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July 27, 2013 / subramanyam

Dutch Auction

          We all know the English way of auctioning stuff. Here the seller shows the item that’s getting auctioned and the prospective buyers will start giving the prices at which they are ready to buy it. The price/bid keeps increasing till the point where one buyer has the maximum price and the item is auctioned at that price. However there is another auction that happens and it is called the Dutch style of auction.

          In a Dutch auction, the seller raises the price by a huge margin and starts decreasing the price as the auction proceeds. For example, if an item costs $10000 the seller might start the auction at $15000. In case no one takes the item at that price, he would further lower it by some amount and again announce the price. For example he might want to come down in multiples of $500. So in case no one took the article at $15000, he might come down to $14500 and in case there are no buyers there he might want to come down $14000, $13500 then $13000 and so on.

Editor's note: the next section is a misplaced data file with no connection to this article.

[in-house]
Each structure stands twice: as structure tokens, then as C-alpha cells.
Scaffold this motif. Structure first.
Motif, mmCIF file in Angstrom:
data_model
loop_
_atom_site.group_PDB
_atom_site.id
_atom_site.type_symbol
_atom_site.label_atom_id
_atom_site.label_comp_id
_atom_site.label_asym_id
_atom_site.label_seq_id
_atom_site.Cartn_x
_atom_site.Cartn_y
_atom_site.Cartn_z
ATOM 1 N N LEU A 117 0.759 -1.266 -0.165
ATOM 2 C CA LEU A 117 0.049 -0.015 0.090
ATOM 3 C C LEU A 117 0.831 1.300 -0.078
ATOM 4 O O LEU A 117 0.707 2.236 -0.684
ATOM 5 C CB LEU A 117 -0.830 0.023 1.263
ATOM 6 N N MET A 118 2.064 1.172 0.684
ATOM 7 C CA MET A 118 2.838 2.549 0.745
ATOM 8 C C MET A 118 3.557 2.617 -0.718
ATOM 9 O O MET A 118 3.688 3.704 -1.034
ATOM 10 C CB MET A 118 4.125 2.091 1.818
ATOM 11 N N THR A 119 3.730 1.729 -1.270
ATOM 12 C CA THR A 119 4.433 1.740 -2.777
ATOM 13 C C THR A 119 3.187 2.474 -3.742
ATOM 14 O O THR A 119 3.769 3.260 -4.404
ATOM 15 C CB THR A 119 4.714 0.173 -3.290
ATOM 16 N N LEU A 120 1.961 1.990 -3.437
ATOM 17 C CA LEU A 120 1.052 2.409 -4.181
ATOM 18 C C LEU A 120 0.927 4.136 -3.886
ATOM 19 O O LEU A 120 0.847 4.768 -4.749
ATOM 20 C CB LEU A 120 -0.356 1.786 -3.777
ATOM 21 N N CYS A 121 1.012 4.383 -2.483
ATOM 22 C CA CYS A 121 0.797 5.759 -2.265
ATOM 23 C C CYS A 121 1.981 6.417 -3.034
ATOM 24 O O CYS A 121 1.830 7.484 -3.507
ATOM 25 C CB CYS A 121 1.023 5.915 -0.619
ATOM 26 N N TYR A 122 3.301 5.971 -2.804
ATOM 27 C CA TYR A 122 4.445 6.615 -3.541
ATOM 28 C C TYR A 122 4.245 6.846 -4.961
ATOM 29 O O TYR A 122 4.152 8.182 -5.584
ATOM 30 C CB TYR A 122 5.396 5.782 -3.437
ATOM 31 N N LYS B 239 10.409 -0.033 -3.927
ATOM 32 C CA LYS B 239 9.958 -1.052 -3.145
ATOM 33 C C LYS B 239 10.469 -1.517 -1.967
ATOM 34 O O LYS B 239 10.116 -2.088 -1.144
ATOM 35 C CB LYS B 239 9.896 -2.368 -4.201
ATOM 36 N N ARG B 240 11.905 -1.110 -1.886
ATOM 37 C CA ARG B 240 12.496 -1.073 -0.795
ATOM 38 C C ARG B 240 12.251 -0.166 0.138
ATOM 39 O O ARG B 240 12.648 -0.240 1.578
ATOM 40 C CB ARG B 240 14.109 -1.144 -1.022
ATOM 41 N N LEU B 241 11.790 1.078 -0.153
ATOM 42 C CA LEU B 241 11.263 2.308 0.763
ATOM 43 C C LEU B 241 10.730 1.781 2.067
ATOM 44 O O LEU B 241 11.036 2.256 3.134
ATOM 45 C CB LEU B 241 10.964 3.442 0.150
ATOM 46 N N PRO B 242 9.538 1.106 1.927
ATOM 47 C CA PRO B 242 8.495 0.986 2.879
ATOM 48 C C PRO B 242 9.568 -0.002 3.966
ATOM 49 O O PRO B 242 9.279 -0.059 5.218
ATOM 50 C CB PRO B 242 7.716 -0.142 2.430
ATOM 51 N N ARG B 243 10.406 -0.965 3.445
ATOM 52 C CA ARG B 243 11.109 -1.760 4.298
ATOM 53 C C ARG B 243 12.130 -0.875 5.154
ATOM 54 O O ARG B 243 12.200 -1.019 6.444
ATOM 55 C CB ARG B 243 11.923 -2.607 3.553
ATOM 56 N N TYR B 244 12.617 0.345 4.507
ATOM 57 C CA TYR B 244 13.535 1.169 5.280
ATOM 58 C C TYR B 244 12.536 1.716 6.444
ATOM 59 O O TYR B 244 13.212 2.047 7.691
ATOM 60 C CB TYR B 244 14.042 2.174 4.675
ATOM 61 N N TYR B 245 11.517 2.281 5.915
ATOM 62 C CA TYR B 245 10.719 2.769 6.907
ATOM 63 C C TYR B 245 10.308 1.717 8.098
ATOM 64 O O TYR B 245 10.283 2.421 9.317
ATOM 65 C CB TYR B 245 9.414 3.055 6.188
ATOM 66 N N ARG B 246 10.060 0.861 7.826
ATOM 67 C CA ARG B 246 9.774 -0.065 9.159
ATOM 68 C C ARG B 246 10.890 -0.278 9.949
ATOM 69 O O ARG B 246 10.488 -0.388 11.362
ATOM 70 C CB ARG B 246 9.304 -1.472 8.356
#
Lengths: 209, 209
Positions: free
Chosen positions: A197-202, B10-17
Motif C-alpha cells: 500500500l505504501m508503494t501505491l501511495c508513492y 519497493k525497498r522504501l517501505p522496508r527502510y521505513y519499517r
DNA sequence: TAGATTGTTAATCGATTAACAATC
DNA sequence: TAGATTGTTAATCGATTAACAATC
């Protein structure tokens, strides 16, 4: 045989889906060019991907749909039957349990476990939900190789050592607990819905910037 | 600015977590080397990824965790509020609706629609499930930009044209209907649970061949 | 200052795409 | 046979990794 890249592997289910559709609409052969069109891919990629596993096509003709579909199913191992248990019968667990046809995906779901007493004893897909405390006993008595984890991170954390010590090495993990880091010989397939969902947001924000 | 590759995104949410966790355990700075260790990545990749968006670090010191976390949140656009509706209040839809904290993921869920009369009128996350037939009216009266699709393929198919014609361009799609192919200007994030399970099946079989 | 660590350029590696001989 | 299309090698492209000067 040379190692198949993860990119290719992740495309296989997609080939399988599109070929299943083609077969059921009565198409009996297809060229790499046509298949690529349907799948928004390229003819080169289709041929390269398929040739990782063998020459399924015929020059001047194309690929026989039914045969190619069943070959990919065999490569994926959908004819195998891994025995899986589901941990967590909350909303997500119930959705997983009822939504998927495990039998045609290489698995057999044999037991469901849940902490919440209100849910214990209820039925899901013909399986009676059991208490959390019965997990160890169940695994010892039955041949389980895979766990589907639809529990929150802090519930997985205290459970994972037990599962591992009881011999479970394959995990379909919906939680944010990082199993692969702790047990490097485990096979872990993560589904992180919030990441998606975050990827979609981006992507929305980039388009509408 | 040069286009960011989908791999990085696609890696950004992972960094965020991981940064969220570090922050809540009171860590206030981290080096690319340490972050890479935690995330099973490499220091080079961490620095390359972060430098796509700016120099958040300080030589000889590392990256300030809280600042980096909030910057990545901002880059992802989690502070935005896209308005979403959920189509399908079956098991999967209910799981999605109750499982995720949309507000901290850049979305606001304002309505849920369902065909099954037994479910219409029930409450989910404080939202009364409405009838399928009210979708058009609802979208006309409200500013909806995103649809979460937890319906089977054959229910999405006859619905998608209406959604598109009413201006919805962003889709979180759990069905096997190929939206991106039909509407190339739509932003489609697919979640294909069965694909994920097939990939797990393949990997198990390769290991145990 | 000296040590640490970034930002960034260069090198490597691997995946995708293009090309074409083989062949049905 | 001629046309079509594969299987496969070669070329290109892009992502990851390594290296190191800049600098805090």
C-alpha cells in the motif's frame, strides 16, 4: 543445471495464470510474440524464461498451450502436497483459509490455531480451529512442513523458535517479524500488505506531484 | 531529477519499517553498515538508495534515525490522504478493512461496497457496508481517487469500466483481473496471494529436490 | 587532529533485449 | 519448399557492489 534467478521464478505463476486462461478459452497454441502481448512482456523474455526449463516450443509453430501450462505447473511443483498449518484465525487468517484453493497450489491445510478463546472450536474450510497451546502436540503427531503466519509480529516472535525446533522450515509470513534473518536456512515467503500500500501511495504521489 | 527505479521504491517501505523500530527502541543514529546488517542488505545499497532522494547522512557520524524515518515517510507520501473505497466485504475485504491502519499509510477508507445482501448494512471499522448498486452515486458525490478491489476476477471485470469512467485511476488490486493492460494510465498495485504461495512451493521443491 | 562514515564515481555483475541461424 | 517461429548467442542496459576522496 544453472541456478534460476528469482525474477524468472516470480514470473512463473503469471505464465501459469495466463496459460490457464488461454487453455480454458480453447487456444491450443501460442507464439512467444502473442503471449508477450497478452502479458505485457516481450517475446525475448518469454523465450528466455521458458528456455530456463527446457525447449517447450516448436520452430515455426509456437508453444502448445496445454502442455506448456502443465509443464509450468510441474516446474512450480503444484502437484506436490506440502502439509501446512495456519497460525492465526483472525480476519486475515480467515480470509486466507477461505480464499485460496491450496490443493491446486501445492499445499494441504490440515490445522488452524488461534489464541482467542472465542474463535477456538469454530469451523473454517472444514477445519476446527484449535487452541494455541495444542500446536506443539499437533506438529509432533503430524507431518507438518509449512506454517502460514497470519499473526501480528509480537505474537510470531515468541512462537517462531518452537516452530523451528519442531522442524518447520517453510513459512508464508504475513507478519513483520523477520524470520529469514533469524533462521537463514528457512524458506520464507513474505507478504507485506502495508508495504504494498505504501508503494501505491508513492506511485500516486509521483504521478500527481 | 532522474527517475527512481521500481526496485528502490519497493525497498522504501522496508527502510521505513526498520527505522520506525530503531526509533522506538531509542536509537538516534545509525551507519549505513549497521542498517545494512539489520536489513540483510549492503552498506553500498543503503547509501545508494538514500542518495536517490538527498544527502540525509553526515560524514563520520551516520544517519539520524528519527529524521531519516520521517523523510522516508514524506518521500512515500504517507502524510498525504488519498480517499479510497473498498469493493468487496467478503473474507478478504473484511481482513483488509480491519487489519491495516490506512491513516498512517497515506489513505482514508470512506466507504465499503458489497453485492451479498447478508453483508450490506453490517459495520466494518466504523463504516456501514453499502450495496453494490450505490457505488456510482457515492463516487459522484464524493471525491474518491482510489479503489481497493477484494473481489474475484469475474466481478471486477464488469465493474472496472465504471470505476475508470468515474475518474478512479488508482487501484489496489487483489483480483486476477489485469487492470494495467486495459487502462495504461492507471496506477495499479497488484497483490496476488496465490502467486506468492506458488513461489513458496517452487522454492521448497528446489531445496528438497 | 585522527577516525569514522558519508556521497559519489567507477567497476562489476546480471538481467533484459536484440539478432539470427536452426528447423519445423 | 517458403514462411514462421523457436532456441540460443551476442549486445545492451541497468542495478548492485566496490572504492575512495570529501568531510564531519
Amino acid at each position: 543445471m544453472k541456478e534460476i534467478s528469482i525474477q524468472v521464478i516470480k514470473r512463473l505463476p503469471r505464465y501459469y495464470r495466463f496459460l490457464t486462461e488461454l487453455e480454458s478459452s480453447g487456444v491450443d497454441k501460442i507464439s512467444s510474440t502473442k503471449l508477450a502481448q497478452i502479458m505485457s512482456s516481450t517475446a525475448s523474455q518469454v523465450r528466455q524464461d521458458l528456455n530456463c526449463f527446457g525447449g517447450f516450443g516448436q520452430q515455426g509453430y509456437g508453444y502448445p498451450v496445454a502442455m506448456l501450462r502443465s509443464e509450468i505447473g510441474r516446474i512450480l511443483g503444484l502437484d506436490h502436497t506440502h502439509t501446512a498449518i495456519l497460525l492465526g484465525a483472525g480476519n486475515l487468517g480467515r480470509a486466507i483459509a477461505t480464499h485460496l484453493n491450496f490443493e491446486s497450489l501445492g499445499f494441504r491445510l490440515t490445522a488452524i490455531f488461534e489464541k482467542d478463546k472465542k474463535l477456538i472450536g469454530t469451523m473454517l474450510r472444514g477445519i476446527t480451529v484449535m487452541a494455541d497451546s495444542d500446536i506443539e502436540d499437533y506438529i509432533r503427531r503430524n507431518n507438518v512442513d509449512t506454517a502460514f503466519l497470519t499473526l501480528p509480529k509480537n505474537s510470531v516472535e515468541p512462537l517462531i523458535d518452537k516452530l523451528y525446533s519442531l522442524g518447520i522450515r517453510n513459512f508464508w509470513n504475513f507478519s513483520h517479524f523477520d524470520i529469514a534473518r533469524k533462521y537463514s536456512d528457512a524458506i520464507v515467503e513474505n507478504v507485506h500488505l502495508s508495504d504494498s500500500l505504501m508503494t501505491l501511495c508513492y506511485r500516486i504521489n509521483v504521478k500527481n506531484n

Now if there is prospective buyer who is ready to buy it at $13000 the price is accepted and he/she is declared the winner of the auction. No further bids are accepted in this case. In essence, your first bidder is your winner. The first price at which a buyer was ready to buy the good is the final price.

          This sort of auction is very good when you have got to sell a lot of goods in short span of time.

          Interestingly there is a Dutch version for the IPO also. Here people submit their bids along with the price they want to pay and the number of shares they wish to buy. For example, Imagine there are only 3000 shares in an IPO and there are only 4 bidders A,B,C and D. (I know its impractical but just imagine for the sake of an example) Person A locks bid for 1000 shares for $150, person B locks bid for 1000 shares for $125, C locks bid for 1000 shares for $100 and D locks bid for 1000 shares for $80.

          Once all these bids are locked, the allotment begins from the highest bidder to the lowest. For example A and B get their 1000 shares each and C gets his 1000 as well, D will nor get any. However, the price A, B and C pay is $100 only, which is the price of the last successful bid(C’s bid). Irrespective of the price you used in your bid in case  the price in your bid is higher than the last successful bid, you get your shares and pay the price quoted in the last successful bid.   Now,  isn’t this interesting!!!

          Interestingly, Dutch are the leading flower producers in the world. They auction their flowers also very much in their own Dutch auction way. Have a look at this video.

Interesting stuff isn’t it ???


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